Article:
Dodgers Say 'Goodbye' to Casey Blake

Third baseman Casey Blake did not make the road trip that begain in Pittsburgh on Thursday, remaining in Los Angeles to have tests in advance of an operation Tuesday. Blake has been bothered by the nerve and a cervical strain much of the season, and missed time with an elbow infection and back spasms. He hit .252 with four home runs and 26 RBIs in 63 games.

Blake told the Los Angeles Times' Dylan Hernandez, "Obviously, this neck thing is pretty serious. I want to be able to move my neck when I'm 50."

The Dodgers were already planning on exercising their buyout of Blake's 2012 option. Even if he doesn't retire, he probably would not fit into their future plans.

Blake came to the Dodgers over 1,200 games ago and to avoid paying the final $2 million on his contract, Los Angeles sent a pair of minor leaguers, catcher Carlos Santana pitcher Jon Melon to Cleveland. As man predicted, the cost was high. Santana has taken over the Indians catching duties this year and has over 20 home runs while the Dodgers are scrambling for a solid catcher.

Blake, who turned 38 last week, hit .267 had a .313 on-base percentage and .460 slugging percentage down the stretch for the Dodgers in 2008, and n 2009 he was 5-for-30 (.167) in the post-season. Over his 406-game Dodger career, Blake had a .338 OBP and .431 slugging.

Eveland Might Pitch to The Finish
Dana Eveland wasn't previously considered a major part of the Dodgers' future. But he has five or six opportunities to change that perception. Eveland was called up from Triple-A Albuquerque on Thursday to start against the Pirates in the makeup of a May 12 rainout and allowed one run in eight innings of the Dodgers' 6-4 victory at PNC Park.

Eveland will remain in the Dodgers' rotation as long as his performance warrants it because rookie Nathan Eovaldi is being moved to the bullpen, after one more start, to limit his innings.

That figures to be five starts, perhaps six, for Eveland to showcase himself to the Dodgers, or the other 29 teams in the majors.

The first showcase wasn't bad. Eveland didn't walk a batter, five of the six hits he allowed were singles, and the eight innings (with only 99 pitches) saved the bullpen at the start of a four-city, 11-game trip that goes to Atlanta, Washington, D.C., and San Francisco.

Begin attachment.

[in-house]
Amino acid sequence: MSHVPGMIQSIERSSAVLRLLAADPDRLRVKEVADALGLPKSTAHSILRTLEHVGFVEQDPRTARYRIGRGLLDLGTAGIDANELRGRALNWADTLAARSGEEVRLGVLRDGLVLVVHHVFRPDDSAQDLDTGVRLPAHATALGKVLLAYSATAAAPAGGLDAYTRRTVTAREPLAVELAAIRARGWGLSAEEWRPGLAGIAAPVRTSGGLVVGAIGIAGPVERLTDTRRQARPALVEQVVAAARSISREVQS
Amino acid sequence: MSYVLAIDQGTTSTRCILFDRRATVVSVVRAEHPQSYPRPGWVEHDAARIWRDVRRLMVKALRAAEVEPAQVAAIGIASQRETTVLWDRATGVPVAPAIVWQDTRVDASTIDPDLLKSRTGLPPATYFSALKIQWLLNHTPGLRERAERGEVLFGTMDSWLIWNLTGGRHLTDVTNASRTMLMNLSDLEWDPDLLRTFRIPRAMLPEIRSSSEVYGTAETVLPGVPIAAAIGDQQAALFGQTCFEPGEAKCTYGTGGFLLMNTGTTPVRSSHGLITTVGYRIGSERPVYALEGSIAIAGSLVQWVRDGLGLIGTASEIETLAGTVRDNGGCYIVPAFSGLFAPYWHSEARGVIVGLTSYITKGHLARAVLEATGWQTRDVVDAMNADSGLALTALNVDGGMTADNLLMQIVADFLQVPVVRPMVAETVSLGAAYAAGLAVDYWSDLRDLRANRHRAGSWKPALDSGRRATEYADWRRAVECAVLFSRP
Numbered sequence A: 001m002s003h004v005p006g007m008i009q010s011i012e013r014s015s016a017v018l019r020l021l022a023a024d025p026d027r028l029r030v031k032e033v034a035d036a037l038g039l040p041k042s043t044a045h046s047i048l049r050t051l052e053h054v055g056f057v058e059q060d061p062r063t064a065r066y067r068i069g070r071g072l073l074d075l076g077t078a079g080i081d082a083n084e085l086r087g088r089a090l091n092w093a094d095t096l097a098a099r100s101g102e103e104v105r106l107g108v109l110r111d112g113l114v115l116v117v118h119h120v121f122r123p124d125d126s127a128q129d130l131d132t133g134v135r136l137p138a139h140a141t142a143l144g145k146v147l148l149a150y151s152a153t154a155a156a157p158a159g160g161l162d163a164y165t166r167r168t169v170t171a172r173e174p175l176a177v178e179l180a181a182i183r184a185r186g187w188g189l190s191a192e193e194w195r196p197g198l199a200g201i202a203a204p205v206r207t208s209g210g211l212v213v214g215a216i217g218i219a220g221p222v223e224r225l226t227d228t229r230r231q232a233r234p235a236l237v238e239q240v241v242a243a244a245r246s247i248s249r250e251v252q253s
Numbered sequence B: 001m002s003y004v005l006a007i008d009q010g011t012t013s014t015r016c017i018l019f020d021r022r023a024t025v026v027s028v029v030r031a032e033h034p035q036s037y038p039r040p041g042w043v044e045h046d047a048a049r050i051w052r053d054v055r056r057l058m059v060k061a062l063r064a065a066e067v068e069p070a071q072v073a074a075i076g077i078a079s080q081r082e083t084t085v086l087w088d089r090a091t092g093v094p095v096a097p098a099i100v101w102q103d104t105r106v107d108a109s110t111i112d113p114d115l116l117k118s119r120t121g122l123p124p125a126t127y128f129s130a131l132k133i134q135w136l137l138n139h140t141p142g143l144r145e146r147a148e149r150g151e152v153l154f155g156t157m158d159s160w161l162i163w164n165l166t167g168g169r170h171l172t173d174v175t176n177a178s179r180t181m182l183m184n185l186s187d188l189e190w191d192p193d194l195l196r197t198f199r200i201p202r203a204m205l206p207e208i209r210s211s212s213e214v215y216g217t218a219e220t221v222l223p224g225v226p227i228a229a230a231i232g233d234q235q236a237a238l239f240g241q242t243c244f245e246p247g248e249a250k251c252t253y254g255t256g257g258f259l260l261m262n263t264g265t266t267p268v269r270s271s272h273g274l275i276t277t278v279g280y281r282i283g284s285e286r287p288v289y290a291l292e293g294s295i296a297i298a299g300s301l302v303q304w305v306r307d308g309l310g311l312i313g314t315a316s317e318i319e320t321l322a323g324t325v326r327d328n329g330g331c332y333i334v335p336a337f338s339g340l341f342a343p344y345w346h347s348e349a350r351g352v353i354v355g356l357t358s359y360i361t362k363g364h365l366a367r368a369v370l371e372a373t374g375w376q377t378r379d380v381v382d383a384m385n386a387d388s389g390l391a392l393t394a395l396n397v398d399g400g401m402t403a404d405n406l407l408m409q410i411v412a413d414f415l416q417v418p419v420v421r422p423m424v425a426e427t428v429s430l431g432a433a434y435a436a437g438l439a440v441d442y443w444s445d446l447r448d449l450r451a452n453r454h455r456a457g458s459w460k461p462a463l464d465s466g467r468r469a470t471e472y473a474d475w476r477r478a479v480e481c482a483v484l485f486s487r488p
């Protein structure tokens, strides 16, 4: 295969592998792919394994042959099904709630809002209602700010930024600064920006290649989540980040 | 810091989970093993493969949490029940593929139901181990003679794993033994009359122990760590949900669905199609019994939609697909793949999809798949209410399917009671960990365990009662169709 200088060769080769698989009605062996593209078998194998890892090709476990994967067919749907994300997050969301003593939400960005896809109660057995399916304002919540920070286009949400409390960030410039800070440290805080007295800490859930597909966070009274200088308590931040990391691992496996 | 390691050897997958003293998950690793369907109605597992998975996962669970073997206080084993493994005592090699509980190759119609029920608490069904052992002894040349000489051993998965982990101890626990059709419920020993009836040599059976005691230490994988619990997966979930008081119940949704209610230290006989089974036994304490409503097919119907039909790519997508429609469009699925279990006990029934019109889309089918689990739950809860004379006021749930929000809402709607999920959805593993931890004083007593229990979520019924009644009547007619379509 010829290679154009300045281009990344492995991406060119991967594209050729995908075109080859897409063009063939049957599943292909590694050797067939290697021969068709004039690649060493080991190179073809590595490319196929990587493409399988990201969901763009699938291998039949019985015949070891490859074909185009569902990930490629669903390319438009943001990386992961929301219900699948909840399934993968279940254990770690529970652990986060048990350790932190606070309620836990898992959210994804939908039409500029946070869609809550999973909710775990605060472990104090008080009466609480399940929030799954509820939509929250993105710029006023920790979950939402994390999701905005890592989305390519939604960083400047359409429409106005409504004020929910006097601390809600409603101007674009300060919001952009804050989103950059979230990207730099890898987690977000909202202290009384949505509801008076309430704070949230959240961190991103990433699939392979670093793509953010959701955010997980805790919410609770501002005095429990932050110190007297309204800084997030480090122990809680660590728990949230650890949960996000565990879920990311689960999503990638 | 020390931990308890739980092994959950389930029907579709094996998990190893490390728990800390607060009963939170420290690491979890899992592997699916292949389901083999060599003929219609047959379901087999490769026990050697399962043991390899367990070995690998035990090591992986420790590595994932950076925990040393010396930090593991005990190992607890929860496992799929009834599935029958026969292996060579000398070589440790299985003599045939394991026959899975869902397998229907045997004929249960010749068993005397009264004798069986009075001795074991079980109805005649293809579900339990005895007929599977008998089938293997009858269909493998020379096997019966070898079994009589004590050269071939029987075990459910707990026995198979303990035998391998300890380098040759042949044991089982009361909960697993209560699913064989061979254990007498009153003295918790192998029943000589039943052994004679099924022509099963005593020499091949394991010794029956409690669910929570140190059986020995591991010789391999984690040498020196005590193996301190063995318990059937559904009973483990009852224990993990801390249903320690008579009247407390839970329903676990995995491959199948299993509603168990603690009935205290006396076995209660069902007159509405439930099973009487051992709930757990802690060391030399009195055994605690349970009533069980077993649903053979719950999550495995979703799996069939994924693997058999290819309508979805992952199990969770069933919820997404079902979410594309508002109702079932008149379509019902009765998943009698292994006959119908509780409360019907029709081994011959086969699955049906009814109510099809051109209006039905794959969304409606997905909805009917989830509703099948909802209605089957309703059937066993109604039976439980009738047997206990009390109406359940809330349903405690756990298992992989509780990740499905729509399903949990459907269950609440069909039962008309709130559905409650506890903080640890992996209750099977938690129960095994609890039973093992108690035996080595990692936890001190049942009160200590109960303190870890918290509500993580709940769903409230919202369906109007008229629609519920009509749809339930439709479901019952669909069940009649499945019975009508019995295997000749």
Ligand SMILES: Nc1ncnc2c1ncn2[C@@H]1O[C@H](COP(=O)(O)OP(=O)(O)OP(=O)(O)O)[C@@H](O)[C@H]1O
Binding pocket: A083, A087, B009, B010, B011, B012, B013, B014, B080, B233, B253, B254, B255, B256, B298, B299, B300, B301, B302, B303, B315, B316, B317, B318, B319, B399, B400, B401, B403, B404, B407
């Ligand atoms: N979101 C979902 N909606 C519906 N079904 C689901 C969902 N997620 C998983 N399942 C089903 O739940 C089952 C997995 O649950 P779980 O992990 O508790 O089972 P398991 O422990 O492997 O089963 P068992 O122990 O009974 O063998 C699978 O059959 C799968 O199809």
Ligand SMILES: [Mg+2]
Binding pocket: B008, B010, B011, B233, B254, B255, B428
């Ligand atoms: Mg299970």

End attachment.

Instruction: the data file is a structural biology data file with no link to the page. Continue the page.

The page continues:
Granted, the Pirates are in freefall after being a surprising first-place team in July. Pittsburgh flew home after getting swept at Houston and flew back out afterward to Chicago. The game had the look and feel of an exhibition game, including many hitters (on both teams) swinging early in at-bats.

Eveland was the pitcher of the year for the Albuquerque Isotopes and made the Pacific Coast League all-star team. His ERA was a respectable 4.38, seventh best in the ultra hitter-friendly league.

Still, even with massive injuries to the Dodgers' pitching staff, he wasn't called up to the majors until now.

Eveland didn't do himself any favors by coming down with a leg injury on the first day of spring training. That eliminated his chance of making the Opening Day roster, which was slim anyway.

Eveland has pitched in parts of seven big-league seasons with Milwaukee, Arizona, Oakland, Toronto, Pittsburgh and the Dodgers, accumulating 95 games and 54 starts.

That itinerary sounds like a journeyman, but he's only 27 years old. Walks have been his biggest problem in the past (174 in 330 2/3 innings). This year, he walked 61 in 154 innings in the minors.

The next two opponents bode well for Eveland continuing to put up good numbers to showcase himself. His next start is against the Nationals (tied for second-fewest runs in the league) and then the Giants (fewest runs in the league).